The no-fee examination is typically offered on a Saturday morning in October, January and April. No examinations are given during the summer.
For specific examination dates, instructions, and to sign up to take an examination, see the University Writing Program—Upper Division Composition Exam Information. It is recommended that students with disabilities contact the Student Disability Center at 530-752-3184 and the Entry Level Writing Program Office, 530-752-0450, at least two weeks prior to the exam date to arrange accommodations.
Students are advised to complete this requirement in their junior year.
The College Breadth Requirement promotes the intellectual growth of students by asking them to acquire a broader background of knowledge than is provided by the usual major. The Breadth requirement also guides students in exploring the interdependence of knowledge.
Satisfaction of the campus General Education requirement fulfills this requirement.
A total of 90 units in natural sciences/mathematics; units in the approved courses listed below used in satisfaction of the campus General Education requirement in Science & Engineering topical breath may also be used to satisfy this requirement.
Courses numbered 092, 097T, 097TC, 098, 192, 197T, 197TC, 198 and 200-499 cannot be counted toward satisfaction of the natural sciences/mathematics Area requirement. A maximum of 10 units in special study courses (099, 194H, 199) may be counted toward that portion of the Area requirement. Subject to the restrictions just listed, courses acceptable for fulfilling the 90-unit natural sciences/mathematics Area requirement are:
Natural Sciences & Mathematics
- Anatomy, Physiology & Cell Biology (APC) 100
- Anthropology (ANT) 001, 001Y, 013, 015, 054, 151, 152, 153, 154A, 154BN, 154C, 154CL, 155, 156A, 156B, 157, 158, 159, 160, 180, 182
- Astronomy (AST)
- Avian Sciences (AVS) 013
- Biological Sciences (BIS)
- Cell Biology & Human Anatomy (CHA) 101, 101L
- Chemistry (CHE)
- Engineering (ENG) 006, 010, 035, 102
- Engineering: Biomedical (BIM) 126
- Engineering: Computer Science (ECS) 012, 017, 020, 032A, 032B, 032C, 034, 036A, 036B, 036C, 050, 089A-L, 113, 115, 116, 120, 122A, 122B, 124, 127, 129, 130, 132, 140A, 140B, 142, 145, 150, 152A, 152B, 152C, 153, 154A, 154B, 158, 160, 161, 162, 163, 164, 165A, 165B, 170, 171, 172, 173, 174, 175, 177, 178, 189A-N, 191, 193A, 193B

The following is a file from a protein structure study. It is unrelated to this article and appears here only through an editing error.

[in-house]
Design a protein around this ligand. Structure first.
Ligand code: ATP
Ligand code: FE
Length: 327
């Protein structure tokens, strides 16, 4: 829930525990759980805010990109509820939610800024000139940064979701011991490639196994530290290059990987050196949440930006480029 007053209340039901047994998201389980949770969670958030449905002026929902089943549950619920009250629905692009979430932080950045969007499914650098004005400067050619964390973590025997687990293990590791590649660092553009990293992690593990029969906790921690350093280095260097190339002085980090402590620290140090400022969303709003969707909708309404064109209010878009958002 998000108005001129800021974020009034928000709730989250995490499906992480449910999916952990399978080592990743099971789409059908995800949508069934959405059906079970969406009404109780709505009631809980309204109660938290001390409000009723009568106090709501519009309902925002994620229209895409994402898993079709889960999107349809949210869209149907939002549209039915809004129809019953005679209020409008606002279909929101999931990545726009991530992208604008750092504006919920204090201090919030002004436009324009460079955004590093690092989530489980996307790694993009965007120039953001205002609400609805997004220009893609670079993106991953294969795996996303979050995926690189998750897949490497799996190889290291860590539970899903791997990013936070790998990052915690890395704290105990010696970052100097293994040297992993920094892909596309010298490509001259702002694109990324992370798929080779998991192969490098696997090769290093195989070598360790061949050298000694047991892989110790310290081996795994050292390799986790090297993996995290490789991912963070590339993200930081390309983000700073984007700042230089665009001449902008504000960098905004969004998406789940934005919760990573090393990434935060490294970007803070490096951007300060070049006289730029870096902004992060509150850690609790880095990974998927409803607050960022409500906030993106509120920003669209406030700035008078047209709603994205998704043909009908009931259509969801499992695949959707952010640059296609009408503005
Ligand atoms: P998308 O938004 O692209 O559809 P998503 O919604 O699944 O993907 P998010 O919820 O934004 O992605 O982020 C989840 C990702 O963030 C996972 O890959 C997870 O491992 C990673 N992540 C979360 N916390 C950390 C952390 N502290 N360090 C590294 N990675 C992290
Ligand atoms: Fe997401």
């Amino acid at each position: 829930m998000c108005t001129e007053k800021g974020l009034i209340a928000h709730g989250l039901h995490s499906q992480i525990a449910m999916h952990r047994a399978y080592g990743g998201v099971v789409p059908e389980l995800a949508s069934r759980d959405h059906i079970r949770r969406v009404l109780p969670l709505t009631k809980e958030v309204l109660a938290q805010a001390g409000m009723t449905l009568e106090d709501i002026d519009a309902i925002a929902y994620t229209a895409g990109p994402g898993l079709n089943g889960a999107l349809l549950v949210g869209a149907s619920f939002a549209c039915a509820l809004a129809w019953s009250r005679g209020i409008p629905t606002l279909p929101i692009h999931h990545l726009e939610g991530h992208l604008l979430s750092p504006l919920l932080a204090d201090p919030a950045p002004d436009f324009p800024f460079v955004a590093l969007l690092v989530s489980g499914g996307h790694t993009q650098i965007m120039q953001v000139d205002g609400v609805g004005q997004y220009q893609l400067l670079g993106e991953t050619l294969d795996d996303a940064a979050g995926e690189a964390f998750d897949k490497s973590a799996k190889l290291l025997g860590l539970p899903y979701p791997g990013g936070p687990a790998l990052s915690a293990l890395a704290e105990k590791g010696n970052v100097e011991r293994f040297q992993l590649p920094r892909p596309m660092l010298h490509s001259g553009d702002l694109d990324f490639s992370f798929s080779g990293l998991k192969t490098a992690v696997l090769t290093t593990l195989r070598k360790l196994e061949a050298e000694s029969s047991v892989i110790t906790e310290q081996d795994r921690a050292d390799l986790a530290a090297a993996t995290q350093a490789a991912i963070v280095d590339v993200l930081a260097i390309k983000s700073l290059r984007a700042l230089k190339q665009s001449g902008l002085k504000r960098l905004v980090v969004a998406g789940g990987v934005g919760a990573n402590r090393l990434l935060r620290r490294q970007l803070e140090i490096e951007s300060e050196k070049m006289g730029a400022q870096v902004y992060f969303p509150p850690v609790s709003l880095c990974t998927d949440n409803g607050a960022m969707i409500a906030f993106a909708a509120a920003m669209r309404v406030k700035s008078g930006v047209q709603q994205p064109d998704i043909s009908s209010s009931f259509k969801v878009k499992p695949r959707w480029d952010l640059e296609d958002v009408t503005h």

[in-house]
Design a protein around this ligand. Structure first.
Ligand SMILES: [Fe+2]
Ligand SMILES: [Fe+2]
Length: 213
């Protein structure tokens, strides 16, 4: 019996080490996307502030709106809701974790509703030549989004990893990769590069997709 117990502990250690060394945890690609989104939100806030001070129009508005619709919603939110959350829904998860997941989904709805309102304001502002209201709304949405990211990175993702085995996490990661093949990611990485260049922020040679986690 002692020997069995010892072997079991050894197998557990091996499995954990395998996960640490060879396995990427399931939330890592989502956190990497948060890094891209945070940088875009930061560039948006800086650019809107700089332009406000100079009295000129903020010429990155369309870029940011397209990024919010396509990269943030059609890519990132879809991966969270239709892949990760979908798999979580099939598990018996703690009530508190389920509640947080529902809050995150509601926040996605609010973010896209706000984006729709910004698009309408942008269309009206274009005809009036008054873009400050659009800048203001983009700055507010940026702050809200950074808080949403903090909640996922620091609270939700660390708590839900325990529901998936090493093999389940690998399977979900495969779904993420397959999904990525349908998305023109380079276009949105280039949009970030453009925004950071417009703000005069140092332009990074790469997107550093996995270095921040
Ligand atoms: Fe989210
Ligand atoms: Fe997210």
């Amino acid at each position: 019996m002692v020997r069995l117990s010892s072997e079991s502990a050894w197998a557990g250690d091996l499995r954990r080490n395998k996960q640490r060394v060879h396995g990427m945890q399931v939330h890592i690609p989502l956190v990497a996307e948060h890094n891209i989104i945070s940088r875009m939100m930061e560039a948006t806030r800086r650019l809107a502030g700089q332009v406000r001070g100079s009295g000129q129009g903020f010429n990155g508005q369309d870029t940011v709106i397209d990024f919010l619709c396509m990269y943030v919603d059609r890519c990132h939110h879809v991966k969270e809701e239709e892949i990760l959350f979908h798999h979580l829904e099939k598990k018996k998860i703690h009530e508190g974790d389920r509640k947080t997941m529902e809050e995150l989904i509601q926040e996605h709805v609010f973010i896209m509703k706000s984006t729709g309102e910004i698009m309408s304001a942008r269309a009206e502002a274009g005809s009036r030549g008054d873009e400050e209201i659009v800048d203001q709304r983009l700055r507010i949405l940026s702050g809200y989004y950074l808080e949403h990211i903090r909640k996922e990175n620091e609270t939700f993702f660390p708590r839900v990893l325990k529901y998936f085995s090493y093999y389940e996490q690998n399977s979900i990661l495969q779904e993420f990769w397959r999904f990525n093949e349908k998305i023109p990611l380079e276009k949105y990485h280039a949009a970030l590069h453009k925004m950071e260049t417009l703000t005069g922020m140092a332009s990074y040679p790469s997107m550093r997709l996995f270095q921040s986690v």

- Engineering: Electrical & Computer (EEC) 170, 173A
- Entomology (ENT) 010, 100, 153
- Environmental & Resource Sciences (ERS) 131
- Environmental Science & Policy (ESP) 030, 100, 121
- Environmental Toxicology (ETX) 101
- Evolution & Ecology (EVE)
- Exercise Biology (EXB) 101, 103, 106, 106L, 110, 111, 112, 113, 115, 116, 117, 126
- Fiber & Polymer Science (FPS) 110
- Food Science & Technology (FST) 100A, 100B, 101A, 101B
- Geology (GEL)
- Integrated Studies (IST) 008A
- Mathematics (MAT)
- Microbiology (MIC)
- Molecular & Cellular Biology (MCB)
- Neurobiology, Physiology, & Behavior (NPB)
- Nutrition 010, 010V, 010Y, 111AV, 111B
- Pathology, Microbiology, & Immunology (PMI) 126
- Physical Education PHE) 133, 135
- Physics (PHY)
- Plant Biology (PLB)
- Psychology (PSY) 041, 100, 100Y, 101, 103A, 103B, 104, 113, 121, 122, 123, 124, 125, 126, 127, 129, 130, 131, 132, 135, 137, 146, 180B
- Statistics (STA)
- Wildlife, Fish, & Conservation Biology (WFC) 010
Foreign Language (A.B. & B.A.S. Degrees)
A key component of liberal education, the study of another language exposes students to a ubiquitous and highly diverse component of human behavior and interaction. Language learning enables students to communicate effectively in an increasingly internationalized world, enhances their ability to understand ways of thinking different from their own, gives them direct access to cultural production from another time and place, awakens in them an awareness of the conditioned nature of their assumptions about the world, and trains them to cope more effectively with intellectual and practical problems they may face in their future careers.
The College of Letters & Science encourages its students to acquire functional proficiency in at least one language other than English before graduating. At a minimum, the College requires A.B. candidates to complete three sequenced quarters (15 units) of courses, or its equivalent, in one foreign language. B.S. candidate requirements are determined by their respective major program.
Languages Satisfying the Requirement
The Foreign Language Requirement may be satisfied in any language offered at UC Davis, including ancient languages, or which is normally taught at—and for which transfer credit is allowed— from another institution, including American Sign Language. Students may also satisfy this requirement by examination in a language not offered on the UC Davis campus (see below).
Satisfaction of the Requirement
At UC Davis or Another Accredited Institution
You may satisfy the requirement by taking 15 quarter units of one foreign or classical language offered at UC Davis. You may also fulfill this requirement by taking the equivalent number of transferable quarter units in one foreign language at an accredited institution. Transfer students should consult the Transfer Credit Evaluation, which is issued by Undergraduate Education and Advising in the Office of the Dean, within a quarter after their first enrollment at UC Davis. Students planning to continue to study the same language at UC Davis must consult the relevant language coordinator. If you have successfully completed the second or third year of a language in the tenth or higher grade in high school, you may receive unit credit for course 1 of that language when taken at UC Davis, but the grading mode will be P/NP only. Although a Passed or Not Passed grade will be charged to your P/NP option, no petition is required.
Through Study Abroad